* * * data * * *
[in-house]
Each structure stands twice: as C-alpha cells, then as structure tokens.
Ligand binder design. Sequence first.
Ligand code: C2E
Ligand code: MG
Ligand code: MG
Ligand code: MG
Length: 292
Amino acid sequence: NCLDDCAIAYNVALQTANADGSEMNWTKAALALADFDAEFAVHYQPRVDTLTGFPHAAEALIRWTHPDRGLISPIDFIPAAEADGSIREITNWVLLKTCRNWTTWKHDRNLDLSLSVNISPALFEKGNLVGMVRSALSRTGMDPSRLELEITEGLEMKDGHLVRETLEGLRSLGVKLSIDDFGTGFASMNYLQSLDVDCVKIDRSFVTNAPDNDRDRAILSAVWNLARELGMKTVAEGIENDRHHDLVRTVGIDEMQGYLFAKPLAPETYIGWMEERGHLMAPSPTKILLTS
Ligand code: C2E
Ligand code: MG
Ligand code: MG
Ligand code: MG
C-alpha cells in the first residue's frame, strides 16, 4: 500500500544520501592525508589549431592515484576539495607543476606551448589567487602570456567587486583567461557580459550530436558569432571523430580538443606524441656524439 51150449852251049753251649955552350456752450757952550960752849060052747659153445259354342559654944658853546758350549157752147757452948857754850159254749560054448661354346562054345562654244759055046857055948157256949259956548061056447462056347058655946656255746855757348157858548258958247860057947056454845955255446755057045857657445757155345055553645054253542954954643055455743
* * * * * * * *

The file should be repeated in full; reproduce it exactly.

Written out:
[in-house]
Each structure stands twice: as C-alpha cells, then as structure tokens.
Ligand binder design. Sequence first.
Ligand code: C2E
Ligand code: MG
Ligand code: MG
Ligand code: MG
Length: 292
Amino acid sequence: NCLDDCAIAYNVALQTANADGSEMNWTKAALALADFDAEFAVHYQPRVDTLTGFPHAAEALIRWTHPDRGLISPIDFIPAAEADGSIREITNWVLLKTCRNWTTWKHDRNLDLSLSVNISPALFEKGNLVGMVRSALSRTGMDPSRLELEITEGLEMKDGHLVRETLEGLRSLGVKLSIDDFGTGFASMNYLQSLDVDCVKIDRSFVTNAPDNDRDRAILSAVWNLARELGMKTVAEGIENDRHHDLVRTVGIDEMQGYLFAKPLAPETYIGWMEERGHLMAPSPTKILLTS
Ligand code: C2E
Ligand code: MG
Ligand code: MG
Ligand code: MG
C-alpha cells in the first residue's frame, strides 16, 4: 500500500544520501592525508589549431592515484576539495607543476606551448589567487602570456567587486583567461557580459550530436558569432571523430580538443606524441656524439 51150449852251049753251649955552350456752450757952550960752849060052747659153445259354342559654944658853546758350549157752147757452948857754850159254749560054448661354346562054345562654244759055046857055948157256949259956548061056447462056347058655946656255746855757348157858548258958247860057947056454845955255446755057045857657445757155345055553645054253542954954643055455743